Alan Cumming (2021) Baggage: Tales From a Fully Packed Life.

I was vaguely aware who Alan Cumming is. For independent film consortiums, Miriam Margolyes seems to be the pensioner of choice to go on adventures and sell the results to BBC, ITV or Channel 4. She’s been sent to America a few times and to Australia. The latest wheeze is Scotland. Yes, Bonnie old Scotland. Who’d have thought of that? Monopoly money for old rope. They flung in Alan Cummings as a guide, and driver of their motorhome. He’s Scottish, I didn’t know that. Stanley Kubrick though he was American, so I’m in good company. I wouldn’t know a good actor from a ham. But my partner who watched bits of the scenery in the Grand Tour said Cumming’s dad was bad to him. That piqued my interest. Now is the time to fling in some quotes about happy families being all the same. We’re off to a flyer. Cumming’s da was a sadistic cunt.

The book starts with discord. He’s in a marriage, I wouldn’t call it unhappy. They’re trying for a child. She’s an old acquaintance from drama school. A few years older. She’s the star turn with the operatic voice. The diva.  He’s the man with a childish face that gets parts playing adolescents. I thought Cumming was gay. So being married to a woman (he later marries a man) was the done thing. And if you’re going to do the done thing, you might as well do it early.

Before he went from the West End of Glasgow (the snobby bit) to Drama school he worked for D.C. Thompson and Company near Dundee, and near his home. He wrote the Astrology bits and pieces. You will find a stranger in Uranus. Not quite, but similar. The Fiction department. A Thompson clone was on ever floor.  When we grew up, Cummings being much the same age as me, they produced The Beano and Dandy, but also The Sunday Post, with Oor Wullie in it, a true Scottish legend. Cummings points out D.C.Thompson had a London address to give their publishing empire legitimacy. No unions, but Unionism and no Catholics were a given. Cummings ticked all the right boxes. Gay men or women, of course, didn’t exist and were too risqué for even the Fictional department.

I knew he’d done the MC in Cabaret. I hadn’t seen him in that, but watched (I suppose like everybody else) the film version with Liza Minelli. I’d read the Christopher Isherwood books, Mr Norris Changes Train and Goodbye to Berlin on which the musical is based. Cumming suggests that Isherwood and W.H. Auden et al weren’t there to fight fascism or do anything highbrow, but simply wanting to escape England and sample cock. No big surprise.


‘It’s hard to be your authentic self when you don’t know who you really are.’

Cummings was in New York, close enough in his apartment to witness 9/11 and the fall of the Twin Towers. He acknowledges the fear and mistrust of Muslims and those of non-white, pasty, Scottish skin colour that ensued. The finding of a scapegoat and the invasion of Afghanistan, followed by Iraq. And how this all fed into the moron moron’s Trumpism (maybe I’m reading too much into a general observation).

Sean Connery, Billy Connolly, Faye Dunaway, Tina Turner, Tom Cruise, Nicole Kidman, Halley Berry, Gore Vidal…they’re all here (apart from Rod Stewart and Elton John). The book was five years late. Too early for a chapter on Miriam Margolyes and her observations on bowel movements and the howls of laughter that ensures. Ho-hum. Read on.    

Elizabeth Strout (2016) My Name is Lucy Barton.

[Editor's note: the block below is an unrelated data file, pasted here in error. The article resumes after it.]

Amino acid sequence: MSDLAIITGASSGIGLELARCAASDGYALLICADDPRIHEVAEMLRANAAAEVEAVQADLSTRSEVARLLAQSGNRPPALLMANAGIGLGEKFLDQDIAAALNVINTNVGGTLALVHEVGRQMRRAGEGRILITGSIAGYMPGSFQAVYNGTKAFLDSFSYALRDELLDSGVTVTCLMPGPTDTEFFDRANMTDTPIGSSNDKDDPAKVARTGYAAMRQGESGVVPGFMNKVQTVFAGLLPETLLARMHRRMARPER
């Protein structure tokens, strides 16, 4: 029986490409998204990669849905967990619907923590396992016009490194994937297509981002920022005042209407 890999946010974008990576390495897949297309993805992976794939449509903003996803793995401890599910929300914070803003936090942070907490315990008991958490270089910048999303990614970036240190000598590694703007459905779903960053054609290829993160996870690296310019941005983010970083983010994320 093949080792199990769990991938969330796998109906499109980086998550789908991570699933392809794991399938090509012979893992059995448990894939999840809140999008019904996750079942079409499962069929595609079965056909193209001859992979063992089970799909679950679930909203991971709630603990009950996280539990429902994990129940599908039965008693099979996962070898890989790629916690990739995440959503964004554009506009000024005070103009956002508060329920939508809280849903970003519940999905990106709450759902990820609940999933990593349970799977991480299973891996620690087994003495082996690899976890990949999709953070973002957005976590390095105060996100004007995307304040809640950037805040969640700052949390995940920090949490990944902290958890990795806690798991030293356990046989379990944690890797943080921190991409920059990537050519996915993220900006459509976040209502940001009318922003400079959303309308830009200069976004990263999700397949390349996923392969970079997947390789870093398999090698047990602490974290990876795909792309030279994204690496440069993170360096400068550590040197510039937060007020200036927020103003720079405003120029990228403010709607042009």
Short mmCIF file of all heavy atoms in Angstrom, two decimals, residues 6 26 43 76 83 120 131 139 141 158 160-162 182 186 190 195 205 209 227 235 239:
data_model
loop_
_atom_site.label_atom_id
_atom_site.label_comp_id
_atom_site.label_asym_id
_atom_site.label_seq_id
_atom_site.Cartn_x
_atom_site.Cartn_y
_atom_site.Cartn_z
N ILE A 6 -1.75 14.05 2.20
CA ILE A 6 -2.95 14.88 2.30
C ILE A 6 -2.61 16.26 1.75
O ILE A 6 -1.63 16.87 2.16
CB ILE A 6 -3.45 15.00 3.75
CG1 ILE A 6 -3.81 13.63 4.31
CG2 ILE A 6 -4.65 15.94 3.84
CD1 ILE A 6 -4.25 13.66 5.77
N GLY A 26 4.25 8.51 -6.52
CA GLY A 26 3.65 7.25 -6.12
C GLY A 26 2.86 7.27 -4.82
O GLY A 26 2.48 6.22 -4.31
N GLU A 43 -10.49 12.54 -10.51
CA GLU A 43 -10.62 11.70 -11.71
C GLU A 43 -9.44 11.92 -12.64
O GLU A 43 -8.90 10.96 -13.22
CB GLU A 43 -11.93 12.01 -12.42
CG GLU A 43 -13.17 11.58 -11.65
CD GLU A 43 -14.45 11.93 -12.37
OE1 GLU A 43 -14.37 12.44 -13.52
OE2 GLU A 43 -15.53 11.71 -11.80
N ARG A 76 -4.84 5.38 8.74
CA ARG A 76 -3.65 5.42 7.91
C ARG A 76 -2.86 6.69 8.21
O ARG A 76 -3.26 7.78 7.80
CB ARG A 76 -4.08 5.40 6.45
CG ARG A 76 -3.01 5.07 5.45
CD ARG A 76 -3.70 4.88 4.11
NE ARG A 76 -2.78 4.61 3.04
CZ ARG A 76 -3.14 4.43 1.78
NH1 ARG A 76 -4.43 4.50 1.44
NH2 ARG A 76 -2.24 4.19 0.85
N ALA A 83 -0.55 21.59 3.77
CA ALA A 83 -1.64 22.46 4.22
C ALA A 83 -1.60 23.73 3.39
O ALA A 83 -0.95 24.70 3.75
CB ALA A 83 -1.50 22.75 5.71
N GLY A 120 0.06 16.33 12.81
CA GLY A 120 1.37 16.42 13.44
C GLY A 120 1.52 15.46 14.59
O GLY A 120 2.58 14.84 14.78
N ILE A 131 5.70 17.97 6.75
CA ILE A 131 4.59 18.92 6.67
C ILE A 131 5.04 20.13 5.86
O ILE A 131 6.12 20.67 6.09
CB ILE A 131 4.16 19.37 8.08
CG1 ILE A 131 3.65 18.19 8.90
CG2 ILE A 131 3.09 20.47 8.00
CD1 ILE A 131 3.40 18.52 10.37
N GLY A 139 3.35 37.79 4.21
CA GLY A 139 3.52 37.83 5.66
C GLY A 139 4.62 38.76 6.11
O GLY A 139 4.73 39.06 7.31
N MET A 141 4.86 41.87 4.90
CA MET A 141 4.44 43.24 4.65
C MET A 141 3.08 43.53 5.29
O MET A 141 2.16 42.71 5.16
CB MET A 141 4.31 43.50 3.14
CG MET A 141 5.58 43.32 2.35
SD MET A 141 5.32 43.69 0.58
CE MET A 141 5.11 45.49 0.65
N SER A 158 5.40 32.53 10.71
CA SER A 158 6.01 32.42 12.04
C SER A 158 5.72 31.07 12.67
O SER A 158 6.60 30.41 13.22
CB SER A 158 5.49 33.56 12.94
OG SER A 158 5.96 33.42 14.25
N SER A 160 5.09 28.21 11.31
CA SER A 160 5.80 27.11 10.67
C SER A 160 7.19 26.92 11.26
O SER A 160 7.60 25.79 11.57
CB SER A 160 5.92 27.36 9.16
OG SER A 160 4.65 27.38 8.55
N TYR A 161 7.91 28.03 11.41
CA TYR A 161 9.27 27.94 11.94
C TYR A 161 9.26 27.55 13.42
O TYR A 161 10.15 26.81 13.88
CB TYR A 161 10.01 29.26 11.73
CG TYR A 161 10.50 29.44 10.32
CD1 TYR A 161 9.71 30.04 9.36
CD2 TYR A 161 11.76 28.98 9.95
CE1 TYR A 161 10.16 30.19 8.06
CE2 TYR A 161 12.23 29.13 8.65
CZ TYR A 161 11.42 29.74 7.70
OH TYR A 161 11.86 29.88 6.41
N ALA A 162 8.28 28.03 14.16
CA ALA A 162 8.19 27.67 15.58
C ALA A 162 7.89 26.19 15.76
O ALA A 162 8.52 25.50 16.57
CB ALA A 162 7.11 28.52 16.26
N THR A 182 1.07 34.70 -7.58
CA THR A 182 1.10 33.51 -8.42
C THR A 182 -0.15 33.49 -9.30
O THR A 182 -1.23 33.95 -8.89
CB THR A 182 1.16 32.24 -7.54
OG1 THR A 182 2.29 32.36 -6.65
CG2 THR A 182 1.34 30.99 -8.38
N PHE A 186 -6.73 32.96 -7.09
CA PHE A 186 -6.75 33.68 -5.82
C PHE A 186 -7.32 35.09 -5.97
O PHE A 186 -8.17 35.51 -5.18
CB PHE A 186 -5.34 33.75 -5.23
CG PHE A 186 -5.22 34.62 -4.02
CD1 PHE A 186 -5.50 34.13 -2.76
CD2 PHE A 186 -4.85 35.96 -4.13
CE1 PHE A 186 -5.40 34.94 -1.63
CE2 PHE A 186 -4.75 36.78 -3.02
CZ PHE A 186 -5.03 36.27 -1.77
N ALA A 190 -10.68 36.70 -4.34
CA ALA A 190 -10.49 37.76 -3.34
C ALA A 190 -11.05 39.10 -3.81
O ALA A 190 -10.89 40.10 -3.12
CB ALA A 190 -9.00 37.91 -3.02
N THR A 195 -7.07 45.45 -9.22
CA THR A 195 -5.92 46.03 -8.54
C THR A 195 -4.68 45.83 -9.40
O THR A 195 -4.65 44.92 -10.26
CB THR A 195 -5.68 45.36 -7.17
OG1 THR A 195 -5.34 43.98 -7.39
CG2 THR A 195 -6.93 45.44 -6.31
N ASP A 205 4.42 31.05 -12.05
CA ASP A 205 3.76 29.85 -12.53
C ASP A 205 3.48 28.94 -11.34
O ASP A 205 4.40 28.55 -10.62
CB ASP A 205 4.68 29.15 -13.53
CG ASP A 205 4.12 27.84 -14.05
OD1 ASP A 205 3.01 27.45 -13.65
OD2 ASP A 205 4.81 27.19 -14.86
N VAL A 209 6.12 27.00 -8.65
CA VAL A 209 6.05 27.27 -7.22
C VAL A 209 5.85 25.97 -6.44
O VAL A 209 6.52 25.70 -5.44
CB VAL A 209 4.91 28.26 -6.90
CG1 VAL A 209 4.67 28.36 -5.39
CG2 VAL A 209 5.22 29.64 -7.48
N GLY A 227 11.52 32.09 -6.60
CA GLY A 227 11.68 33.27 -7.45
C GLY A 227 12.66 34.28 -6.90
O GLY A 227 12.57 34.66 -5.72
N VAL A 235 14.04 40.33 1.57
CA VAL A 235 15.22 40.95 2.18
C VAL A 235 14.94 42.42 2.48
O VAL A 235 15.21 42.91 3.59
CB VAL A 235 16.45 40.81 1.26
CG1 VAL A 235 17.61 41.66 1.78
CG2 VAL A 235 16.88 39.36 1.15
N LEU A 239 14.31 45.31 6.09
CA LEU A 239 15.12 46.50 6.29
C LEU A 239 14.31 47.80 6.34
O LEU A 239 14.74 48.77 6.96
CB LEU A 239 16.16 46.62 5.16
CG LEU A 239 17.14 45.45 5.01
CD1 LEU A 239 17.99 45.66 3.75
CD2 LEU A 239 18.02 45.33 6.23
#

I’ve a tendency to read short books like this quickly. I should have reviewed it quickly too, when it was fresh baked in my mind. I thought the last line in the book was ‘My name is Lucy Barton.’

Wrong. On the same page, (three from the end). ‘But this is my story.’ A first-person account of her life.

‘And yet it is the story of many. It is Molla’s story, my college roommate’s. It may be the story of the Pretty Nicely Girls. Mommy, Mom!’

The last line reads, ‘All life amazes me.’

The narrator is an oddity, everywoman, who tells the stories of every women. Lucy Barton is not a closed book the reader finds, but a successful author. What makes her successful is the attention, the love, she gives to other people’s stories. She models herself on an author she meets in New York, Sarah Payne (get it pain).

Payne offers Lucy Barton (and other would-be writers) nuggets of wisdom about writing. If I were to use a big, little, word I’d call it subtext.

Issues of class and gender are woven into other people’s stories. Virginia Woolf’s maxim that every woman needs “a room of one’s own” to write pretty much covers it. Money matters. Lack of it leaves the narrator terrified she might need to go home.

‘This is the 1980s’ she tells us. And in some ways it’s also the story of New York, up until the planes crash into the Twin Towers. It touches, for example, on issues of Vietnam and on the AIDs epidemic. But it might well be early twentieth century, her mum had never been on a plane until she visits Lucy and her father fixed farm machinery. Dirt poor, they were isolated by poverty and they smelled. Even locals looked down on them. Her father, a former second world war soldier, we come to recognise, suffered from post-traumatic-stress disorder. Sins of the father passed to the sons. Her brother took to sleeping in a barn and reading to pigs awaiting slaughter and her sister married, unhappily, it seems, as quickly as she could. Lucy escaped that aching loneliness that writing found a way of filling.

The book begins with Lucy confined to a hospital for nine weeks. ‘A simple story, to get her appendix out.’  

Coherence and the backwards and forwards motion of time are difficult for any writer to master. The Man Booker Prize 2016 nominee, written by Elizabeth Strout makes it seem easy. Read on.